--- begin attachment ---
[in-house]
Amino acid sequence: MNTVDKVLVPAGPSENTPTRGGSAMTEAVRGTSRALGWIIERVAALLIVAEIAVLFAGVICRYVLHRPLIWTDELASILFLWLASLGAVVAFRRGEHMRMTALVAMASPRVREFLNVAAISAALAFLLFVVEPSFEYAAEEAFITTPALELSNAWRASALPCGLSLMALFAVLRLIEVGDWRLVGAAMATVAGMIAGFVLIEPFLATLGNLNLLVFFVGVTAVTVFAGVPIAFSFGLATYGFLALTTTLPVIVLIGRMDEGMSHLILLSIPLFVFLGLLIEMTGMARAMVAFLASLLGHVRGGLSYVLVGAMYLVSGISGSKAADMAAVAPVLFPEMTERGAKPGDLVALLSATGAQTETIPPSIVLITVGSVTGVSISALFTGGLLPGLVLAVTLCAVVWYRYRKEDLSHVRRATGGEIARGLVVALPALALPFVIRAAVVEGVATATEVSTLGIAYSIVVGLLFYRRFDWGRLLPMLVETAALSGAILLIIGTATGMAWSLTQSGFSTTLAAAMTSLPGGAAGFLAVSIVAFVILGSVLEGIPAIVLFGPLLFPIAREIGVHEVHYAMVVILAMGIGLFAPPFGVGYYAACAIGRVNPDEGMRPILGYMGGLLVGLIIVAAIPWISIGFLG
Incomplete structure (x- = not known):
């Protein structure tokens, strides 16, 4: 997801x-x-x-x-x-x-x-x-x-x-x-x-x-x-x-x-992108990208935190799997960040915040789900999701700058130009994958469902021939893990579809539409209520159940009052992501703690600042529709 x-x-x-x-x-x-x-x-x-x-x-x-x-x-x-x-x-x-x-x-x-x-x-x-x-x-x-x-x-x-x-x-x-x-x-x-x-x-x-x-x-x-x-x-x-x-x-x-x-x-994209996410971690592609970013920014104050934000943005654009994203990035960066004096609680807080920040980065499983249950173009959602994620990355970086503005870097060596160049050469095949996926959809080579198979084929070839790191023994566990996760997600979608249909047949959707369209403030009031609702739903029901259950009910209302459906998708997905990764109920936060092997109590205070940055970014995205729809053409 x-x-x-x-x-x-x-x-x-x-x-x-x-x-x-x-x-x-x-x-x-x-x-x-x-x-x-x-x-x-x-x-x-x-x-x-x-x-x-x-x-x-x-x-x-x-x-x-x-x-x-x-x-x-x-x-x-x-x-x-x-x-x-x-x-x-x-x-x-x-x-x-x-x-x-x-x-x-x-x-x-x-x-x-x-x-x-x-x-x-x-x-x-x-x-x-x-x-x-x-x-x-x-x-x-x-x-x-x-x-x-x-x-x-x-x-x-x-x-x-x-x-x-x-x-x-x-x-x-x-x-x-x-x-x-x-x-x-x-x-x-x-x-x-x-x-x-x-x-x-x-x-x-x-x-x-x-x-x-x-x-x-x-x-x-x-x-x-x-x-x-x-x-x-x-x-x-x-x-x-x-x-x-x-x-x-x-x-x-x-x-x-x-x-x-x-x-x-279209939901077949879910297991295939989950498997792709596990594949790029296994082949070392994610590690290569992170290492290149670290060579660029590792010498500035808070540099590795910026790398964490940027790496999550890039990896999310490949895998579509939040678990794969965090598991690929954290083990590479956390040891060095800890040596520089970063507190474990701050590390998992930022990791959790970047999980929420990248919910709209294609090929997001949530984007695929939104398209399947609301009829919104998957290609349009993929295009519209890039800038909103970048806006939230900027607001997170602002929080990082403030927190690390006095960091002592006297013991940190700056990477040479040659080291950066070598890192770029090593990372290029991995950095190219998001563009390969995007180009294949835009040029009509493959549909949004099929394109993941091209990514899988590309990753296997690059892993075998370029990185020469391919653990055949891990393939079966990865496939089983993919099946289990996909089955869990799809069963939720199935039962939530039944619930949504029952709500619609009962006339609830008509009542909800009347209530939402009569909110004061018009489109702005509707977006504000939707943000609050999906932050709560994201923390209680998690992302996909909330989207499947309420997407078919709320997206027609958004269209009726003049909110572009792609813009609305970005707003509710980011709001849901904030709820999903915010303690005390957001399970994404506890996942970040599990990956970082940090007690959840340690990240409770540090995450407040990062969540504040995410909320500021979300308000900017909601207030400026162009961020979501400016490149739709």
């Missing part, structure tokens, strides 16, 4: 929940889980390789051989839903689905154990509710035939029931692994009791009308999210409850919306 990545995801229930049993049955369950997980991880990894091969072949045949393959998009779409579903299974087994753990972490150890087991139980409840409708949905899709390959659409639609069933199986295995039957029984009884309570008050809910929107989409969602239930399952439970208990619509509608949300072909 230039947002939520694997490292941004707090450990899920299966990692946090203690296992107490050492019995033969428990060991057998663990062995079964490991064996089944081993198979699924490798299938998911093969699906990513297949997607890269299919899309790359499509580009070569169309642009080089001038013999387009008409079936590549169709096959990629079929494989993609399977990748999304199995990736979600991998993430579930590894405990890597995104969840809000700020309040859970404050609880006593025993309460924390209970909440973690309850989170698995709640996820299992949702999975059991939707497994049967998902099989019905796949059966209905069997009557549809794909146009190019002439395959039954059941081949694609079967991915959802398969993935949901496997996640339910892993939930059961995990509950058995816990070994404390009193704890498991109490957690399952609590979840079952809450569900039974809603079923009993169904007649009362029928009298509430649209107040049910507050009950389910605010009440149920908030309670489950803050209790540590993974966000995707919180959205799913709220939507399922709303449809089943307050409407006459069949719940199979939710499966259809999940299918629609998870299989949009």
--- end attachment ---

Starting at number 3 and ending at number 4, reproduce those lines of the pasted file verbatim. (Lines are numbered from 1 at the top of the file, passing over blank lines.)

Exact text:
Incomplete structure (x- = not known):
């Protein structure tokens, strides 16, 4: 997801x-x-x-x-x-x-x-x-x-x-x-x-x-x-x-x-992108990208935190799997960040915040789900999701700058130009994958469902021939893990579809539409209520159940009052992501703690600042529709 x-x-x-x-x-x-x-x-x-x-x-x-x-x-x-x-x-x-x-x-x-x-x-x-x-x-x-x-x-x-x-x-x-x-x-x-x-x-x-x-x-x-x-x-x-x-x-x-x-x-994209996410971690592609970013920014104050934000943005654009994203990035960066004096609680807080920040980065499983249950173009959602994620990355970086503005870097060596160049050469095949996926959809080579198979084929070839790191023994566990996760997600979608249909047949959707369209403030009031609702739903029901259950009910209302459906998708997905990764109920936060092997109590205070940055970014995205729809053409 x-x-x-x-x-x-x-x-x-x-x-x-x-x-x-x-x-x-x-x-x-x-x-x-x-x-x-x-x-x-x-x-x-x-x-x-x-x-x-x-x-x-x-x-x-x-x-x-x-x-x-x-x-x-x-x-x-x-x-x-x-x-x-x-x-x-x-x-x-x-x-x-x-x-x-x-x-x-x-x-x-x-x-x-x-x-x-x-x-x-x-x-x-x-x-x-x-x-x-x-x-x-x-x-x-x-x-x-x-x-x-x-x-x-x-x-x-x-x-x-x-x-x-x-x-x-x-x-x-x-x-x-x-x-x-x-x-x-x-x-x-x-x-x-x-x-x-x-x-x-x-x-x-x-x-x-x-x-x-x-x-x-x-x-x-x-x-x-x-x-x-x-x-x-x-x-x-x-x-x-x-x-x-x-x-x-x-x-x-x-x-x-x-x-x-x-x-x-279209939901077949879910297991295939989950498997792709596990594949790029296994082949070392994610590690290569992170290492290149670290060579660029590792010498500035808070540099590795910026790398964490940027790496999550890039990896999310490949895998579509939040678990794969965090598991690929954290083990590479956390040891060095800890040596520089970063507190474990701050590390998992930022990791959790970047999980929420990248919910709209294609090929997001949530984007695929939104398209399947609301009829919104998957290609349009993929295009519209890039800038909103970048806006939230900027607001997170602002929080990082403030927190690390006095960091002592006297013991940190700056990477040479040659080291950066070598890192770029090593990372290029991995950095190219998001563009390969995007180009294949835009040029009509493959549909949004099929394109993941091209990514899988590309990753296997690059892993075998370029990185020469391919653990055949891990393939079966990865496939089983993919099946289990996909089955869990799809069963939720199935039962939530039944619930949504029952709500619609009962006339609830008509009542909800009347209530939402009569909110004061018009489109702005509707977006504000939707943000609050999906932050709560994201923390209680998690992302996909909330989207499947309420997407078919709320997206027609958004269209009726003049909110572009792609813009609305970005707003509710980011709001849901904030709820999903915010303690005390957001399970994404506890996942970040599990990956970082940090007690959840340690990240409770540090995450407040990062969540504040995410909320500021979300308000900017909601207030400026162009961020979501400016490149739709």